On Thursday, May 13, 2021 our new Union Pacific exhibit opened to the public.
This exhibit was made possible by a grant from the Union Pacific Railroad and generous donations from former railway workers, Richard Durant of Omaha, Nebraska and Kenneth Klouda of Rawlins, Wyoming. Exhibits like these depend on the generosity of our community and we are always grateful for those donations.
When you visit us you will see a variety of brand new objects on display as well as new panels explaining the history and importance of the Union Pacific Railroad in Carbon County’s history.
We also took this opportunity to create new exhibits on train bandits and outlaws, mining in Carbon County, and how the Union Pacific Railroad influenced popular culture.
We also created a virtual exhibit that you can access via our website here:
What you may not realize is that you are looking at over twelve months of work. Processing donations takes time and careful evaluation by our registrar. We then look at the story we want to tell with the exhibit and decide what objects, photographs, and other graphics reflect and add to what we want to share. We also have to take into account our spatial constraints and see what cases we will need to utilize. There is a lot of measuring and planning that goes into this aspect of creating an exhibit.
From there, it takes a lot of time and work to research and write the exhibit text. We go through our files, old newspapers and personal records to ensure we are pulling together as complete narrative as possible. The writing goes through numerous edits with multiple staff members.
At that point, we have to decide how to physically arrange the exhibit in terms of object placement, creating panels, the order everything will be in to create a story arc that is visually appealing and informative without being dull. This is probably the most difficult part of the process: installing exhibits takes a great deal of time, work, and no matter how many times you create a plan on either InDesign or SketchUp, you often realize that things need to be moved, rearranged, and so forth.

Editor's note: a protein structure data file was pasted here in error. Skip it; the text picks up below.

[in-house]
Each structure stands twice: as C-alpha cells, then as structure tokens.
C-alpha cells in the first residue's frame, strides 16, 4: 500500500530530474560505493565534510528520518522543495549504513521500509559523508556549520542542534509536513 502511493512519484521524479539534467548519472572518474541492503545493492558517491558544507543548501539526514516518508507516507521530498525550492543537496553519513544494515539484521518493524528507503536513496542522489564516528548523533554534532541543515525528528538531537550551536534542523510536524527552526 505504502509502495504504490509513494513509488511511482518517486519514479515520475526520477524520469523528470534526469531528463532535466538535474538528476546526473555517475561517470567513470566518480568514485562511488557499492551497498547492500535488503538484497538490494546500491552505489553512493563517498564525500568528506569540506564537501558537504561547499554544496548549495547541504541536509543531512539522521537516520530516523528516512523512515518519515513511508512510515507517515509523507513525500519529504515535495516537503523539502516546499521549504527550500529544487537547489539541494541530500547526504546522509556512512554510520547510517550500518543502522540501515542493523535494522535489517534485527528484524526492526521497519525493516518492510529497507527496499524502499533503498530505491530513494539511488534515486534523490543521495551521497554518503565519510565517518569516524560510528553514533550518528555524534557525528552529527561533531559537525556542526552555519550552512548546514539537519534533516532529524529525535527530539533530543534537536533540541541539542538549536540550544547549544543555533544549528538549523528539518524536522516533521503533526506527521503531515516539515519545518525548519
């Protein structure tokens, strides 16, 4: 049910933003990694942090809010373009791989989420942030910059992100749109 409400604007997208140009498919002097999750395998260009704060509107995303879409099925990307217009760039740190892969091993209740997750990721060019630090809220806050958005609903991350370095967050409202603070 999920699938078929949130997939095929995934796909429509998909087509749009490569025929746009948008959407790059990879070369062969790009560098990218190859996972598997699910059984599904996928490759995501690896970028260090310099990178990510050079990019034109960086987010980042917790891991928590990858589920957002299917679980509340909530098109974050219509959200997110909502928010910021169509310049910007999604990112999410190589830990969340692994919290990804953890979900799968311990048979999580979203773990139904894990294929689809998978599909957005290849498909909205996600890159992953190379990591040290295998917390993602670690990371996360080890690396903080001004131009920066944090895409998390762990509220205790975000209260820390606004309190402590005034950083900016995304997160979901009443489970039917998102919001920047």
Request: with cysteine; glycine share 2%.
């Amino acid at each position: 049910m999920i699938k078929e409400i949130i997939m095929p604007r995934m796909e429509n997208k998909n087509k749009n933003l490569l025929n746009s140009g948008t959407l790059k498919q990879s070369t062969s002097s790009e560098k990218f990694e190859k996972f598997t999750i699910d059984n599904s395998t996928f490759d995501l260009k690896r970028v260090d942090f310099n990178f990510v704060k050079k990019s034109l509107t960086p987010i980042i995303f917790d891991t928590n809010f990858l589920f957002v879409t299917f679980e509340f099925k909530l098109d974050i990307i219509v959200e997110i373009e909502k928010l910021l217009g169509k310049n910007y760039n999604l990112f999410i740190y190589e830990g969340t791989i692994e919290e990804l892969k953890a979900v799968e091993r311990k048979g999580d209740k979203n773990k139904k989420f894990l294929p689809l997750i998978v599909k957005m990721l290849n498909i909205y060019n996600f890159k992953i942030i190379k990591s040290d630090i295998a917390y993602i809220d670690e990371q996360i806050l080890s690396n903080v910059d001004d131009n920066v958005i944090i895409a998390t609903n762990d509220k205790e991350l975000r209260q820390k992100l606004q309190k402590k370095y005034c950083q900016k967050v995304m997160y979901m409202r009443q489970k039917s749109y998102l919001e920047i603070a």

Large museums have staff with professional design experience or they contract out the job to firms that specialize in these types of projects. As we are a smaller museum, it’s up to us to see the process through, from concept to the opening. It is a lot of work, but seeing the exhibit take shape is actually wonderful.
As a county museum, we often know the people who make donations; this makes creating a new exhibit that much more rewarding. As we put everything together, we take a lot of pride in telling the story and showcasing our history. The joy of working in a museum is that you have the opportunity to bring history to the public, all people, all ages. Seeing an exhibit is a completely different learning experience than watching something or reading a book.